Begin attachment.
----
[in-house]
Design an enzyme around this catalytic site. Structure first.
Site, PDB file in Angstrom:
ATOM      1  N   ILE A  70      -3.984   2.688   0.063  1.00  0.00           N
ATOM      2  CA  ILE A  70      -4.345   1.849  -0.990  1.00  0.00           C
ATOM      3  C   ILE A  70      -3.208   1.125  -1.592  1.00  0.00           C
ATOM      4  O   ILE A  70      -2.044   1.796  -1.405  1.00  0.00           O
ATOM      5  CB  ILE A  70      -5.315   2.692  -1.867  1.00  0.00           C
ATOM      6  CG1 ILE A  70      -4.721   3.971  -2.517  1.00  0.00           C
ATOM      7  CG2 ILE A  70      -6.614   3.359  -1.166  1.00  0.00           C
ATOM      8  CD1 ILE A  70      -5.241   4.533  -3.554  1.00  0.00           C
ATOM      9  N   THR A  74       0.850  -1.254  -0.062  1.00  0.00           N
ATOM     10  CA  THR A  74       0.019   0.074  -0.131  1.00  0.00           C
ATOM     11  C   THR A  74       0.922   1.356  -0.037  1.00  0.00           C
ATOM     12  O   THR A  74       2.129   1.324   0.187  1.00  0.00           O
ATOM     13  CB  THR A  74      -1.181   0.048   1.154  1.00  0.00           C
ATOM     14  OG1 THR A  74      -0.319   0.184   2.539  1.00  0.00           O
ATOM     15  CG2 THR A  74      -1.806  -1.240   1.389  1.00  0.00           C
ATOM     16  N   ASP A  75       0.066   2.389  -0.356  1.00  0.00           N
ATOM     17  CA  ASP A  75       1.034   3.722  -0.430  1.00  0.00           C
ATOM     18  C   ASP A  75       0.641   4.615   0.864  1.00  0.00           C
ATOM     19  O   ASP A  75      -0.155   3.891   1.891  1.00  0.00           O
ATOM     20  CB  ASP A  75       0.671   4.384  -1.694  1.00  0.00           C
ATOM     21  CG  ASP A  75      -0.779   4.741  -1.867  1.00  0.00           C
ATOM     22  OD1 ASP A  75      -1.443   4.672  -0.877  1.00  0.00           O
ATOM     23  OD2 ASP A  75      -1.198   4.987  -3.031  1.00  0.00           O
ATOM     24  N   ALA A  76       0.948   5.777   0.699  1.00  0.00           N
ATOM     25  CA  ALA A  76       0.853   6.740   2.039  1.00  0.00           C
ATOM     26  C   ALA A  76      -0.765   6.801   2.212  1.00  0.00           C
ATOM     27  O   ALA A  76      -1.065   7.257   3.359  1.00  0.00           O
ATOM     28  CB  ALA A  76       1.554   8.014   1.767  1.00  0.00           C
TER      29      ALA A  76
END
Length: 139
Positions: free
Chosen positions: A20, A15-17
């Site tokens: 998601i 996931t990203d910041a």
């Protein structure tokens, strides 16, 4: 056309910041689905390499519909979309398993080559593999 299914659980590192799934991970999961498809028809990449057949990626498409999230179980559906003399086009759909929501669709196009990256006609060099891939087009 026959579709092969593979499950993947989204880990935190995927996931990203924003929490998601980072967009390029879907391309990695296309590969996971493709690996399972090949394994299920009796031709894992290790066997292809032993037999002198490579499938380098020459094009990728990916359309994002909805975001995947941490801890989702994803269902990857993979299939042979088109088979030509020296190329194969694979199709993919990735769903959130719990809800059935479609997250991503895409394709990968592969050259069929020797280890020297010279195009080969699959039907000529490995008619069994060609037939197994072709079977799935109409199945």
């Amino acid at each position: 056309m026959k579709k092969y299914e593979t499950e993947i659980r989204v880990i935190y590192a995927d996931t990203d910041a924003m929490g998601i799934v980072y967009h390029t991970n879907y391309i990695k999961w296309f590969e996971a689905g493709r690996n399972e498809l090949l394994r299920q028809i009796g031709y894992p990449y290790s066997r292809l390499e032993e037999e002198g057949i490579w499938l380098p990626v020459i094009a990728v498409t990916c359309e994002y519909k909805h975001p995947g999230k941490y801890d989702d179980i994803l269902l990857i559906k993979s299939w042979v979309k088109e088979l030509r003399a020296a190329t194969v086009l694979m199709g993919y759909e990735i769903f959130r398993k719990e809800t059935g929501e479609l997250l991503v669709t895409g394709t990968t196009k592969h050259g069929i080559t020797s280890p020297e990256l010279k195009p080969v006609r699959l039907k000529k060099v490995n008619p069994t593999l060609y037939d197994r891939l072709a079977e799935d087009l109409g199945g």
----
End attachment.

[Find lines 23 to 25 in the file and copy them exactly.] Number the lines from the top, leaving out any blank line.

ATOM     20  CB  ASP A  75       0.671   4.384  -1.694  1.00  0.00           C
ATOM     21  CG  ASP A  75      -0.779   4.741  -1.867  1.00  0.00           C
ATOM     22  OD1 ASP A  75      -1.443   4.672  -0.877  1.00  0.00           O